I hope the switch will be a great success, because I've read up on your posts where you support your decision with claims that it will bring much better maintainability across all platforms. I just hope that you will emphasize stability over chasing after the latest technology, since GD 4 as of now also feels like it's in beta, even though it is very feature-rich, yet 5 is being released.
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By 4ian
#63696 Thanks for all these feedbacks!
I had some time today and I tried to tackle most of the issues that you've mentioned! See my comments below and try the changes by downloading the new version on http://compilgames.net/ :D

GD 5 should have text and tooltips on the UI elements as well IMO, since most icons do not speak for themselves.


Indeed, I've added tooltips to all icons of the toolbars

Also, Ctrl + Z / Ctrl + Y still do not work in the scene editor.


I've added the shortcuts. Not yet implemented in events sheet but that's gonna be implemented.
I've also added Ctrl+ / Ctrl - (Cmd+ and Cmd- on Mac) to un/zoom. :)

The "Project" pane is pretty clunky, since it is not resizable and even hides part of the UI in an irregular manner. It was better in GD 4.


My idea was that when you work, you don't need to always have it open, so I made it as a Drawer. Maybe I could add options to have Drawers available as resizable/draggable panels instead (like the properties panel and objects editor).

Dialogs like the "Scene properties" still do not close when pressing Esc and Alt + F4 closes the whole application.


Fixed, all dialogs should be closable by pressing Esc.

I think that to work efficiently, strong visual separation is needed between different parts of a GUI. The event editor's background can barely be distinguished from the top pane, sometimes making me try to scroll upwards to make sure that I have really reached the top.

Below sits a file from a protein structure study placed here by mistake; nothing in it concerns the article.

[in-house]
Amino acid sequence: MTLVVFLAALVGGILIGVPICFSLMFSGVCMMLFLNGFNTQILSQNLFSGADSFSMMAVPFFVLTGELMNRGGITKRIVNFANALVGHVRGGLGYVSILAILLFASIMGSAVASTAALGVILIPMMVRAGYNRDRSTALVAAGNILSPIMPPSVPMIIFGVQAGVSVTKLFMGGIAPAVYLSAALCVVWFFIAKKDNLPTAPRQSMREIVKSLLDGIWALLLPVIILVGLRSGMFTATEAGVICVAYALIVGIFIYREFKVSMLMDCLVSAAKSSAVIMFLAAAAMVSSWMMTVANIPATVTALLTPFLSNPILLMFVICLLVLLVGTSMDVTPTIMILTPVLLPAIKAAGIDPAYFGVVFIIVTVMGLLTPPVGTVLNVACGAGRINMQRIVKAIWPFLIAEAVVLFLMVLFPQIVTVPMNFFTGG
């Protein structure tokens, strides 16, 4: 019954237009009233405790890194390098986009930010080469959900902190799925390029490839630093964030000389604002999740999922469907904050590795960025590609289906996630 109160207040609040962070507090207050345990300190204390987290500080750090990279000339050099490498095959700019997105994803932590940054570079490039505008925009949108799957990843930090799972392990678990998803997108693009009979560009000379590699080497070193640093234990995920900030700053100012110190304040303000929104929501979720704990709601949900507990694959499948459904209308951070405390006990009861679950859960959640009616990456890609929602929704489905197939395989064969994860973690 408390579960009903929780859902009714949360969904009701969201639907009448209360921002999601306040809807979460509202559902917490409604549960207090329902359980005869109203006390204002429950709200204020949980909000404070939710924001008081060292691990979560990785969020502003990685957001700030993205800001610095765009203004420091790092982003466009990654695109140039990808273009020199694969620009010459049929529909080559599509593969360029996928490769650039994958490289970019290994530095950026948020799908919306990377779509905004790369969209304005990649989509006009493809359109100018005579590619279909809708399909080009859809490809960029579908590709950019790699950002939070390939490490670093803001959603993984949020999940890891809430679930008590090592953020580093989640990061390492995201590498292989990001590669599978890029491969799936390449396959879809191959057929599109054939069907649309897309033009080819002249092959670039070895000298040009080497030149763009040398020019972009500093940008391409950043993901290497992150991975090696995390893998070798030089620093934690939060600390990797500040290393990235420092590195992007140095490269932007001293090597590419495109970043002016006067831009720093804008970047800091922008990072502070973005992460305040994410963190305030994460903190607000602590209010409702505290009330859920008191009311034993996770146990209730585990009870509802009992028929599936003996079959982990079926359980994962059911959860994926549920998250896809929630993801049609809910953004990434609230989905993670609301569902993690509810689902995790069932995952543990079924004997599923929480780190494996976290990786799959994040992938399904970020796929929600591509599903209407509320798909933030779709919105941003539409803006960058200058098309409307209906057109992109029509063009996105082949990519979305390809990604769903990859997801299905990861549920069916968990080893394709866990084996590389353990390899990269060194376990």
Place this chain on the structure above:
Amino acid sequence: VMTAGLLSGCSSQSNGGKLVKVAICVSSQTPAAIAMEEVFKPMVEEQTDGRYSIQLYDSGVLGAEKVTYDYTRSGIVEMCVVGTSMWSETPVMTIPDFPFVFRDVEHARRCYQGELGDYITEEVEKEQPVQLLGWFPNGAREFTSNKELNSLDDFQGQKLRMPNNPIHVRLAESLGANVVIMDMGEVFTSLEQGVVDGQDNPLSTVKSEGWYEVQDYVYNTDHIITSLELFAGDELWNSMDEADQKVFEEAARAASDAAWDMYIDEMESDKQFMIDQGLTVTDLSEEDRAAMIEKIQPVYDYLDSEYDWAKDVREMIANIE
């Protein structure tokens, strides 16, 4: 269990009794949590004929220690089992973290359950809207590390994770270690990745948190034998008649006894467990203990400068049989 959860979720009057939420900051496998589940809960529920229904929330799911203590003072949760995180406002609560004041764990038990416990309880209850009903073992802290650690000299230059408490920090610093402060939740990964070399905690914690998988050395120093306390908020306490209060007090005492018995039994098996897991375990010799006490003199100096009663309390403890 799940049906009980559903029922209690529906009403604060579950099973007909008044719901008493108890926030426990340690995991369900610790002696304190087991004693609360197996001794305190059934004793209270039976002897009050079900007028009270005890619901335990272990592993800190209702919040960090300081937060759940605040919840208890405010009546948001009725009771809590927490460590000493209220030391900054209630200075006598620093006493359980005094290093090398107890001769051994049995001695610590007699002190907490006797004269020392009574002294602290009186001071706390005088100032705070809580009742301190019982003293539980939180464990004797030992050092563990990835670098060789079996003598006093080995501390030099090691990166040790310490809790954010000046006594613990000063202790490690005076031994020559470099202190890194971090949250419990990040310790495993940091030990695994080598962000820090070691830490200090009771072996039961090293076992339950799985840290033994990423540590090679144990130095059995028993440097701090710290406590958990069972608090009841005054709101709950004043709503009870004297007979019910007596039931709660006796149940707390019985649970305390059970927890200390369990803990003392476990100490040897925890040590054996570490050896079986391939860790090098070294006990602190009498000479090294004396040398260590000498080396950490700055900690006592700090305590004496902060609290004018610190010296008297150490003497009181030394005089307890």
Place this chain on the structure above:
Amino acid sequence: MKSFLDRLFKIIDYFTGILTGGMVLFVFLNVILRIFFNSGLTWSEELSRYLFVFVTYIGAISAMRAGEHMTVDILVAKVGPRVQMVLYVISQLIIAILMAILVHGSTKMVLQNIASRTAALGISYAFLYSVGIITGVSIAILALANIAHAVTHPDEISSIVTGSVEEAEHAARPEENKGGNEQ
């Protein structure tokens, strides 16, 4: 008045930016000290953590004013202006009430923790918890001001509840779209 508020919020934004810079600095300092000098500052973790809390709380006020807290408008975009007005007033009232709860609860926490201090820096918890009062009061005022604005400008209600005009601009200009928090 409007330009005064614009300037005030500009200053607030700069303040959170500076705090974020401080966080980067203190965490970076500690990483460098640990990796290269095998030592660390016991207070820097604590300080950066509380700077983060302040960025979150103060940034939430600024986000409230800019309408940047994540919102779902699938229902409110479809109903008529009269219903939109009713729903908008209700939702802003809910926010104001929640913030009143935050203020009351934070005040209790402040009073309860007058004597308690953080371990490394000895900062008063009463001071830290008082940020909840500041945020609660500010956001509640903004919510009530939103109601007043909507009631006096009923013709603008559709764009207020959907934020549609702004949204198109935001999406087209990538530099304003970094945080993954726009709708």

Ok, for now I've tried to improve this by changing the events editor background to a slightly darker grey from the theme.

The "sceneX | sceneX (EVENTS) | sceneY | sceneY(EVENTS)" scheme still does not look good though.


Do you have anything in mind to improve this?

Since single-clicking such an item is equivalent to choosing "Edit" in its options tooltip, maybe binding the rename action to double-clicking it would be useful.


Not sure about this one, having different behaviors according to a single/double click sounds strange to me.

The condition / action editor now has a more logical design. There is one serious flaw however: the absence of a sort of expression editor.


Yes, it's on my roadmap :) It's a quite complex piece of work to get this working so that's why it's not included yet. And I want something easy to use, like completions that are displayed while you type.

I could not scroll to the left of the viewport in the scene editor, which made some of the scene unavailable.


You can scroll horizontally by keeping pressing Alt (Option on Mac). I'm not sure how to make this more discoverable :/

Changes to an object in the "Objects" pane cannot be cancelled, only applied. This applies to object groups as well.


True, this is not implemented yet but on my todo list too!

Double clicking an object does not edit the object, in fact it does nothing, only triggers an animation.